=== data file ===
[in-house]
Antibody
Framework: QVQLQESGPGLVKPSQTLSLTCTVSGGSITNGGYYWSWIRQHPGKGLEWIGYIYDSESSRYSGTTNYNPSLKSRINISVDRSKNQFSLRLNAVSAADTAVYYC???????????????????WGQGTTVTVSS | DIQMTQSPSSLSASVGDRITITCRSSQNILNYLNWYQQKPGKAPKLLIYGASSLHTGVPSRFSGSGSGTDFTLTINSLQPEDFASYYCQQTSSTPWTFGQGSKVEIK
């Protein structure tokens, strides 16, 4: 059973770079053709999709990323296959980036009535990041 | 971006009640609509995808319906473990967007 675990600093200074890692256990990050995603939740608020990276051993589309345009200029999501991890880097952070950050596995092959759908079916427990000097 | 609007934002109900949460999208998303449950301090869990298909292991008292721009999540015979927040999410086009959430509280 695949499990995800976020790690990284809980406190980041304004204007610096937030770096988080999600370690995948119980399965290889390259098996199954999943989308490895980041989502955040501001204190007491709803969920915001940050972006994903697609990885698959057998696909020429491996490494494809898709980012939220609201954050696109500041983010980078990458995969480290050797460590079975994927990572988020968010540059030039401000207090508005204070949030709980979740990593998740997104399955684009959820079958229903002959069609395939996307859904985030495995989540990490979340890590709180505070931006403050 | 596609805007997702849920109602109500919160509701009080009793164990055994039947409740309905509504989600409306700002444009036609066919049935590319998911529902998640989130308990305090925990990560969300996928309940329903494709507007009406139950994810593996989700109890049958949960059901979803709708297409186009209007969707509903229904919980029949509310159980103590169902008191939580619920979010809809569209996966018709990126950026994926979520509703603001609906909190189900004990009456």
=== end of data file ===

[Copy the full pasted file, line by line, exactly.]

[in-house]
Antibody
Framework: QVQLQESGPGLVKPSQTLSLTCTVSGGSITNGGYYWSWIRQHPGKGLEWIGYIYDSESSRYSGTTNYNPSLKSRINISVDRSKNQFSLRLNAVSAADTAVYYC???????????????????WGQGTTVTVSS | DIQMTQSPSSLSASVGDRITITCRSSQNILNYLNWYQQKPGKAPKLLIYGASSLHTGVPSRFSGSGSGTDFTLTINSLQPEDFASYYCQQTSSTPWTFGQGSKVEIK
């Protein structure tokens, strides 16, 4: 059973770079053709999709990323296959980036009535990041 | 971006009640609509995808319906473990967007 675990600093200074890692256990990050995603939740608020990276051993589309345009200029999501991890880097952070950050596995092959759908079916427990000097 | 609007934002109900949460999208998303449950301090869990298909292991008292721009999540015979927040999410086009959430509280 695949499990995800976020790690990284809980406190980041304004204007610096937030770096988080999600370690995948119980399965290889390259098996199954999943989308490895980041989502955040501001204190007491709803969920915001940050972006994903697609990885698959057998696909020429491996490494494809898709980012939220609201954050696109500041983010980078990458995969480290050797460590079975994927990572988020968010540059030039401000207090508005204070949030709980979740990593998740997104399955684009959820079958229903002959069609395939996307859904985030495995989540990490979340890590709180505070931006403050 | 596609805007997702849920109602109500919160509701009080009793164990055994039947409740309905509504989600409306700002444009036609066919049935590319998911529902998640989130308990305090925990990560969300996928309940329903494709507007009406139950994810593996989700109890049958949960059901979803709708297409186009209007969707509903229904919980029949509310159980103590169902008191939580619920979010809809569209996966018709990126950026994926979520509703603001609906909190189900004990009456």